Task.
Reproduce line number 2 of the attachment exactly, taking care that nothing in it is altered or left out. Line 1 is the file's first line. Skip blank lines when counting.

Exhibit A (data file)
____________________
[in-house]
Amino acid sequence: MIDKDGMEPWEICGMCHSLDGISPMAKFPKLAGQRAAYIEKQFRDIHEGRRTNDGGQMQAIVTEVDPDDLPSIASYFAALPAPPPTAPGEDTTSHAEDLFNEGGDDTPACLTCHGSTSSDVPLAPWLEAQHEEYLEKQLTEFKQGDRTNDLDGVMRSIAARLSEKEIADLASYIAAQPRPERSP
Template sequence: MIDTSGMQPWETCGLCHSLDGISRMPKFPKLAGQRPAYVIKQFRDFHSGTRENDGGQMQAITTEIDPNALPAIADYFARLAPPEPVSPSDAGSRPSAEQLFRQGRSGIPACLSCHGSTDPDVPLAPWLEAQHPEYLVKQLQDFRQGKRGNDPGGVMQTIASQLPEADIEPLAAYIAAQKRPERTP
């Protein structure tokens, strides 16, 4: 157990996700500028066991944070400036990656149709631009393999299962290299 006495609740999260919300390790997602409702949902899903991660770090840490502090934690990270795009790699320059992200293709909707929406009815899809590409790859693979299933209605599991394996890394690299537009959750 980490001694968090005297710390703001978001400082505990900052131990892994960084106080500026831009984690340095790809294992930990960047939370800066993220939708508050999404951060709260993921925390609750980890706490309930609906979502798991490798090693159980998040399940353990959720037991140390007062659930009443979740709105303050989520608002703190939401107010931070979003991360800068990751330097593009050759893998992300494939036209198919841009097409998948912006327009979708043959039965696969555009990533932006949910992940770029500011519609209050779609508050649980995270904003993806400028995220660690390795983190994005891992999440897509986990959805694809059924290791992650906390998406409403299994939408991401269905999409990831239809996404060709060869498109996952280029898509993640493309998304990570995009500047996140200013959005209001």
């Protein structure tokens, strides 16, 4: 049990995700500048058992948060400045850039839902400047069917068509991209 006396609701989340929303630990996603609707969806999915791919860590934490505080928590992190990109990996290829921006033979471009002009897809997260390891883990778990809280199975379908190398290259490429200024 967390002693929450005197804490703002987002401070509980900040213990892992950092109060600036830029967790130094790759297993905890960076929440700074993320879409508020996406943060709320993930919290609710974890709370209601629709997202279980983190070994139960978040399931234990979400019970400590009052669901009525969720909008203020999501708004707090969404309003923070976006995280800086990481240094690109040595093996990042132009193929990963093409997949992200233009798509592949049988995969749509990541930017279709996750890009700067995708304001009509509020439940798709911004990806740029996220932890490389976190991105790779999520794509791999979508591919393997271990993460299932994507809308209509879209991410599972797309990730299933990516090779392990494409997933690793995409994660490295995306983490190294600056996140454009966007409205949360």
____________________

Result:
Amino acid sequence: MIDKDGMEPWEICGMCHSLDGISPMAKFPKLAGQRAAYIEKQFRDIHEGRRTNDGGQMQAIVTEVDPDDLPSIASYFAALPAPPPTAPGEDTTSHAEDLFNEGGDDTPACLTCHGSTSSDVPLAPWLEAQHEEYLEKQLTEFKQGDRTNDLDGVMRSIAARLSEKEIADLASYIAAQPRPERSP